The strange thing about spring break once you are out of higher education is, well, its absence. School is effectively always out for summer, and so the approaching week feels like just another few days before April rolls around. Yet even as I attempt to continue my daily routine unfazed by the onset of break, I can’t help but take notice of the palpable changes to our usually bustling campus atmosphere.
Nearly all of my 150 housemates have already flown the coop, off to Cabo San Lucas or Zion National Park. The empty halls serve as a stinging reminder of what UC Berkeley means to this part of town, or perhaps, to all of Berkeley. Northside becomes ominously and disturbingly barren. It immediately becomes clear how much the university and its students sustain the area’s livelihood, like blood pumping life into the veins of the community. By now, most of those cells of vitality are long gone from Euclid Avenue, having decided to ditch that last Friday-morning class in favor of an early start to the week of freedom.
I envy even those of you who took the high road and decided to stick around for that last lecture. Here you are, probably regretting the responsible impulse which lead you here while you also count down the final agonizing minutes of droning delivered by your professor before he or she liberates you. You glimpsed my headshot and peculiarly eye-grabbing title in the paper on the floor and figured that, because any distraction is better than what is on the board, skimming through my ramblings will have to do. I’m here to tell you to appreciate those last minutes as much as the days that will follow. That kind of jittery anticipation and the subsequent catharsis is one that can only be experienced by students at the moment they are released from the clenches of academia (or, put less dramatically, by students at the start of spring break). I don’t think I can truly articulate how much I miss that feeling.
I suppose my spring break never really did look like a Harmony Korine movie, complete with bare, beer-drizzled appendages and the soft melodies of Skrillex. I remember writing a paper on Spring Breakers the semester before last (note the perks of being in a course cross-listed in the film and rhetoric departments). I initially thought the whole movie was a farce, one giant stab at how bizarre and intellectually bankrupt today’s youth is. Once I started writing, though, it became quite clear Korine simultaneously had the intent to paint a picture of paradise: one that was as much tantalizing as it was reprehensible. Nonetheless, I know the window of opportunity for me to make irresponsible decisions on the beaches of Fort Lauderdale has come and gone.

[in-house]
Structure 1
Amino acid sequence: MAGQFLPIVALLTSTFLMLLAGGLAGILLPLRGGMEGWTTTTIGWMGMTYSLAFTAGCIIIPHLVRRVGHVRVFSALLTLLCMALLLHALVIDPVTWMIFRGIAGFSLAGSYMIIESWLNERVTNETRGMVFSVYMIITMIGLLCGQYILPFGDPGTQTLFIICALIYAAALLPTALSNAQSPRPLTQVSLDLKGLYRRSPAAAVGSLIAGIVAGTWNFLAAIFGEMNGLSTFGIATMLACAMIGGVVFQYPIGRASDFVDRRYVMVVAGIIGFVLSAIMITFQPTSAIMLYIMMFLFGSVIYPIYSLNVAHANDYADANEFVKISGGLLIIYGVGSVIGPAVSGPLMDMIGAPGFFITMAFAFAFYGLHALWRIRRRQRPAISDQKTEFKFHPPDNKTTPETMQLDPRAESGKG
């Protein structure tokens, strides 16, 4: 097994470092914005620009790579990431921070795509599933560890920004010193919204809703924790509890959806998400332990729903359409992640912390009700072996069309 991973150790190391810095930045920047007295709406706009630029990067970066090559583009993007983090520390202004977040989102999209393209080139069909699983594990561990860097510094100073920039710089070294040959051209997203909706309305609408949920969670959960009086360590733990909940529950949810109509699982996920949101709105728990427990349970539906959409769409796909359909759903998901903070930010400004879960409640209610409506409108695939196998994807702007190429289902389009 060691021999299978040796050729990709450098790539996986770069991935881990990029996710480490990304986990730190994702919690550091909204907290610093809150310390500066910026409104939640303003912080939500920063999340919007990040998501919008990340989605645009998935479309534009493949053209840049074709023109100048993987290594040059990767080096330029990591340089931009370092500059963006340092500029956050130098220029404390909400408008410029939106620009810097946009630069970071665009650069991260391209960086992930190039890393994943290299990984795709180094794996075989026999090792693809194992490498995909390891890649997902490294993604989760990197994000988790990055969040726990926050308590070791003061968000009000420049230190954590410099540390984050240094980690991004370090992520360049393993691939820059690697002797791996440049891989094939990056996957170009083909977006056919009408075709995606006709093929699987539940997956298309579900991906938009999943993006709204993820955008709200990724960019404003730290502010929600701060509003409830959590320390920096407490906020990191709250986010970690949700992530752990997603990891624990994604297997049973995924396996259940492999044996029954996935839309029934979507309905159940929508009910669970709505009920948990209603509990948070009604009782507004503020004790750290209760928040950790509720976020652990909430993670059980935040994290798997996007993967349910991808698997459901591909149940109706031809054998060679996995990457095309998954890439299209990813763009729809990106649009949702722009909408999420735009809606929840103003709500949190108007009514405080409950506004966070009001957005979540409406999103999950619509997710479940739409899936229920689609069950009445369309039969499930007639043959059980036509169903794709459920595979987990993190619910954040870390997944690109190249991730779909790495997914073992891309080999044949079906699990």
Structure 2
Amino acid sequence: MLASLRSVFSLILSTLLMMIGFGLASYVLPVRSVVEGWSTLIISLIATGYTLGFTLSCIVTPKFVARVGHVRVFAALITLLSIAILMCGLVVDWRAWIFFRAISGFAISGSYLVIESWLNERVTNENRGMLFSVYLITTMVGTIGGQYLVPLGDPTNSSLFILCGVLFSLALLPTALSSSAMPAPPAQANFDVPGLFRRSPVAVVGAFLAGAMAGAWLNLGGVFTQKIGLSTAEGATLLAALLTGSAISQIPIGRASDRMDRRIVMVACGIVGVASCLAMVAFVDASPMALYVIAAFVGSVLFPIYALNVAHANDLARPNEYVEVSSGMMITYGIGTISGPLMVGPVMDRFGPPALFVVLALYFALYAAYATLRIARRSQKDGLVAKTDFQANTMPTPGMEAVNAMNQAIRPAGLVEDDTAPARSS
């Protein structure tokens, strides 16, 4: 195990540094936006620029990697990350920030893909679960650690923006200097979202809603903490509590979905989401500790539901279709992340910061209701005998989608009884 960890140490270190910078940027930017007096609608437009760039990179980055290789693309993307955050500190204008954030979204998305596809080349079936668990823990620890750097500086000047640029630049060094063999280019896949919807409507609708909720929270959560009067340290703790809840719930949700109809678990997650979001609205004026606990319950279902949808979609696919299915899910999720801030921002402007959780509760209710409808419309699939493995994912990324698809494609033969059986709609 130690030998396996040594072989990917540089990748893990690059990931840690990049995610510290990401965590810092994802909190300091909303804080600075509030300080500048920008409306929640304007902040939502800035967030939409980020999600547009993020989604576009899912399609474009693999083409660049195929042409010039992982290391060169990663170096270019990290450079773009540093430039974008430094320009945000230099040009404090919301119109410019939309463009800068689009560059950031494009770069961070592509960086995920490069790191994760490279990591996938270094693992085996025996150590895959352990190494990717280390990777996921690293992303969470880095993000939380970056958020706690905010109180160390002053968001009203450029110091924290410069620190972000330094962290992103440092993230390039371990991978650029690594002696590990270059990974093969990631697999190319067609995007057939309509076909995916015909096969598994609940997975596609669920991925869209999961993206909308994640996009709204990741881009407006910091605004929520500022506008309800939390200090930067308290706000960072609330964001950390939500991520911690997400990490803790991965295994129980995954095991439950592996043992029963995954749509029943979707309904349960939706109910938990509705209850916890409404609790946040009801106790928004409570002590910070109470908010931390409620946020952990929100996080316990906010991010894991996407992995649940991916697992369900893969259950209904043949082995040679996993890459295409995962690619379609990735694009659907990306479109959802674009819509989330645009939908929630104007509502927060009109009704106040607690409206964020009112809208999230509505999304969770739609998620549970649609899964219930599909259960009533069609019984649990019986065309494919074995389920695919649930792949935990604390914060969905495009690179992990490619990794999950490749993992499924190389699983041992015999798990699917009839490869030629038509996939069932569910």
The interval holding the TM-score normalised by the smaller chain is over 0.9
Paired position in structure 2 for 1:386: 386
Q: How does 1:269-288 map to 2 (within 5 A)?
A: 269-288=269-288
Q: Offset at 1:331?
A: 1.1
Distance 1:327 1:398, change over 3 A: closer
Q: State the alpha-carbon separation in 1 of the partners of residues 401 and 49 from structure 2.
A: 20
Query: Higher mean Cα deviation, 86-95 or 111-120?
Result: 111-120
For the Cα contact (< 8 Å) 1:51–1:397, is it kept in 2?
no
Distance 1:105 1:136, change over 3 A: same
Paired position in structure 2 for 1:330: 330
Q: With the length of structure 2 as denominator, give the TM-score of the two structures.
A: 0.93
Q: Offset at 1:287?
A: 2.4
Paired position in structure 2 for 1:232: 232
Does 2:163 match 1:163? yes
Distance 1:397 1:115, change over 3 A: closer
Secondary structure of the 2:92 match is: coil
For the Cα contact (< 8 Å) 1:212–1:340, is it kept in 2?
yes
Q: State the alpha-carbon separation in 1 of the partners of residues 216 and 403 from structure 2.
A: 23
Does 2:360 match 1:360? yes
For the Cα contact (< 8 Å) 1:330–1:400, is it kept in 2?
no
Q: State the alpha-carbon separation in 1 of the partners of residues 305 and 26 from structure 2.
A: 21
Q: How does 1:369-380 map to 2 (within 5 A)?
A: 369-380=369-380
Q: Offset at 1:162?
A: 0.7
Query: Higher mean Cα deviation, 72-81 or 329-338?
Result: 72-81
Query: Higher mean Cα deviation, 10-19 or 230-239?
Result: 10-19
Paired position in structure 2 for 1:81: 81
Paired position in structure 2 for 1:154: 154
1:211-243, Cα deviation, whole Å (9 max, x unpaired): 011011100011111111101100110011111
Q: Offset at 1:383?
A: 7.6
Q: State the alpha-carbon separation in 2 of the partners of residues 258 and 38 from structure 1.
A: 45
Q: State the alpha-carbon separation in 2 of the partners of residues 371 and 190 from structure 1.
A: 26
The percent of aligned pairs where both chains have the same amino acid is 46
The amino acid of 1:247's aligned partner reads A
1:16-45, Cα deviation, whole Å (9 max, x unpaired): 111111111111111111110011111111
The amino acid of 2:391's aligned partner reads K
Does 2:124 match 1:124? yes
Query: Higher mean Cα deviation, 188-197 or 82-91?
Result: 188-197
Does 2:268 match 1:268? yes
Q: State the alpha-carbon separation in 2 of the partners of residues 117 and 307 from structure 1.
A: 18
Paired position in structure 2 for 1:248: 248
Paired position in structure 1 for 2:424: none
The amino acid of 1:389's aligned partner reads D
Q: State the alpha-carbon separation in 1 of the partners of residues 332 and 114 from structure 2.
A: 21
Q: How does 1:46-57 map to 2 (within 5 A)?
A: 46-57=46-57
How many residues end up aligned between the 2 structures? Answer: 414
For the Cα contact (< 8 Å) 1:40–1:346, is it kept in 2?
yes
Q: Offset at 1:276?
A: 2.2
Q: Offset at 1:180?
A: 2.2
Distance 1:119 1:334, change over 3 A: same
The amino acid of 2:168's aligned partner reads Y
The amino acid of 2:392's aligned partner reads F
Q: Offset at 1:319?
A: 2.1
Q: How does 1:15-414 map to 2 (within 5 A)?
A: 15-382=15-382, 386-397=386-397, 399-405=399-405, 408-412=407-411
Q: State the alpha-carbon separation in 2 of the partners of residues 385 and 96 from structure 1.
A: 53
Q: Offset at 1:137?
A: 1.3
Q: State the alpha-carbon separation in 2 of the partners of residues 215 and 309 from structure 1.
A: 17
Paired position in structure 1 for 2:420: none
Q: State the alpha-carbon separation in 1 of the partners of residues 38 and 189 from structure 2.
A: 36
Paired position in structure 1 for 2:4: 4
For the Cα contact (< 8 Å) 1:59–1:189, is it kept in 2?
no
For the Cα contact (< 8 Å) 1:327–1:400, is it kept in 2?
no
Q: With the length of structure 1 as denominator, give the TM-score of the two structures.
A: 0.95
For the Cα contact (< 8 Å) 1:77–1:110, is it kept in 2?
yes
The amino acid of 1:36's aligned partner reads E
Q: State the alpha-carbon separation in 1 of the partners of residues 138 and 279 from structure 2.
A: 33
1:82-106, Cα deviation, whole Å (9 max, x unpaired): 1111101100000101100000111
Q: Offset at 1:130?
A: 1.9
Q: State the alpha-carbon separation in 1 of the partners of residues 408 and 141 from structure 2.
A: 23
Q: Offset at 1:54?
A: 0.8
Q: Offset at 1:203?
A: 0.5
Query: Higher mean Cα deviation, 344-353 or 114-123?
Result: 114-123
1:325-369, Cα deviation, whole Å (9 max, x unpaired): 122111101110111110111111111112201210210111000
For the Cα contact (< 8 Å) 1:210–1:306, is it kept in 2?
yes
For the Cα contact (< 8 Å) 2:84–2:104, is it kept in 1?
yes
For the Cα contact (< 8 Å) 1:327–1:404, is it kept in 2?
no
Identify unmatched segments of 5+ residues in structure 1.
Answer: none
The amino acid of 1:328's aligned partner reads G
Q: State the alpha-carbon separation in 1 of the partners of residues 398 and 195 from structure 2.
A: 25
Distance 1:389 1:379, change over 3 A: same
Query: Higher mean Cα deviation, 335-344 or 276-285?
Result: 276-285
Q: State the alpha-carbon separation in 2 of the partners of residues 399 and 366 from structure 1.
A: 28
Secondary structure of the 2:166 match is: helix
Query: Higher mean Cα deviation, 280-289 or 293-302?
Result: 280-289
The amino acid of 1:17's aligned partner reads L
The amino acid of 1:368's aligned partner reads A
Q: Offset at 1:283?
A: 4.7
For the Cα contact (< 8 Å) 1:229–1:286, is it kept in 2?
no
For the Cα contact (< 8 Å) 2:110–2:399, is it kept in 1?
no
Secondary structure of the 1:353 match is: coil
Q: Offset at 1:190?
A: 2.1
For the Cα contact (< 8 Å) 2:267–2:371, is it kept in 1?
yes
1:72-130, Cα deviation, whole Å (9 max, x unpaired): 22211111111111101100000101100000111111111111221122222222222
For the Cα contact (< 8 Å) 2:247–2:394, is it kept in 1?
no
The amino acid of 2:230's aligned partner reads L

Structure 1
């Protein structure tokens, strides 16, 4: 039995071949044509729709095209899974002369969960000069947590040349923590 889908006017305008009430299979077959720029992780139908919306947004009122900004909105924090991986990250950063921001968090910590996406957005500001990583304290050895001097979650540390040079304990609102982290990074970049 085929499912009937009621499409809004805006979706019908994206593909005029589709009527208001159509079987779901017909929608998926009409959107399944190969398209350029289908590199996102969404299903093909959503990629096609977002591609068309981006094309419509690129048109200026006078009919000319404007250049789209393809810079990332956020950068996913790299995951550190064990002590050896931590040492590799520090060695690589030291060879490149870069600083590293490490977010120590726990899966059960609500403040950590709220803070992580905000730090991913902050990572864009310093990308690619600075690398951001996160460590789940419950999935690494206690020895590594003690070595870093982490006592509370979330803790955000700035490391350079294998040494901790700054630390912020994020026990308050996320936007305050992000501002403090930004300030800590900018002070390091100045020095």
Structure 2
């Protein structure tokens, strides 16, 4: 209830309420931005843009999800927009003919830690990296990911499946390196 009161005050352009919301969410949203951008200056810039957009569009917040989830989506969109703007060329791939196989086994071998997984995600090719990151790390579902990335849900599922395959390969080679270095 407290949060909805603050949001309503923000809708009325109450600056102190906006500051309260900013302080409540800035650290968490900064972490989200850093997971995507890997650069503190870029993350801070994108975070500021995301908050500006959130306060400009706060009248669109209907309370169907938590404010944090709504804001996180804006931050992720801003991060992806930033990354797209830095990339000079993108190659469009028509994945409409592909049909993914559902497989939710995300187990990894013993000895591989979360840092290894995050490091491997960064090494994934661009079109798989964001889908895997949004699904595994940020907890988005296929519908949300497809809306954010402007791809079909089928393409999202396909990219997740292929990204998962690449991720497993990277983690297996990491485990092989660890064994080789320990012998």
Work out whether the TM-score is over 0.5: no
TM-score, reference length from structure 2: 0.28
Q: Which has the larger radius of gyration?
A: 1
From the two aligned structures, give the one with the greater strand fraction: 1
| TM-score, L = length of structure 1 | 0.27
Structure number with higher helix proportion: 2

Of course, this debaucherous Hollywood picture isn’t exactly what I envision when I dream of vacation. And, in all honesty, the kind of freedom that my postgrad life grants me now is one coveted by several of my still college-going friends. According to their perception, my life as of late has been a sort of ceaseless spring break. When they mention daunting problem sets or a big, looming paper, I have the fortune of being able to snicker and lend an unsympathetic “That sucks” — usually met by a “Fuck you.” I sleep in until well after 11 a.m., and I’ve binge-watched just about every series there is on Netflix. Moreover, even though it may not be economically convenient, the redeeming quality of working an entry-level retail position is that I can leave whenever I want to, if I am determined enough. For the time being, at least, I don’t have to commit to my low-wage mediocre job as much as an undergrad has to commit to their classes until they reach the four-year mark.
Someone once described to me the strange phenomenon after being out of school for several years that her moods changed with the school year as well as with the seasons. As soon as September struck in the fall, she was overcome by the sort of gloominess that besets a student who’s readjusting to the daily grind of class from 8 a.m. to 3 p.m. And as soon as May approached, an excitement associated with summer came to her, one that was induced by more than just warm weather.
I think I now understand this phenomenon much better. Even though I won’t be embarking on a big-budget trip this week or really altering my regular schedule in any significant way, I take notice of this strange intermediary period of time that bisects the semester. It represents a change of the times, a new season quickly advancing upon us. The weather is warmer in Berkeley, the sun stays up later and the flora blooms in that glorious spring awakening sort of way. So although my week may not be filled by Britney Spears piano covers, neon bikinis or a cornrow-clad James Franco, I still plan to embrace these random seven days of spring for all of their beauty. Spring break forever, bitches.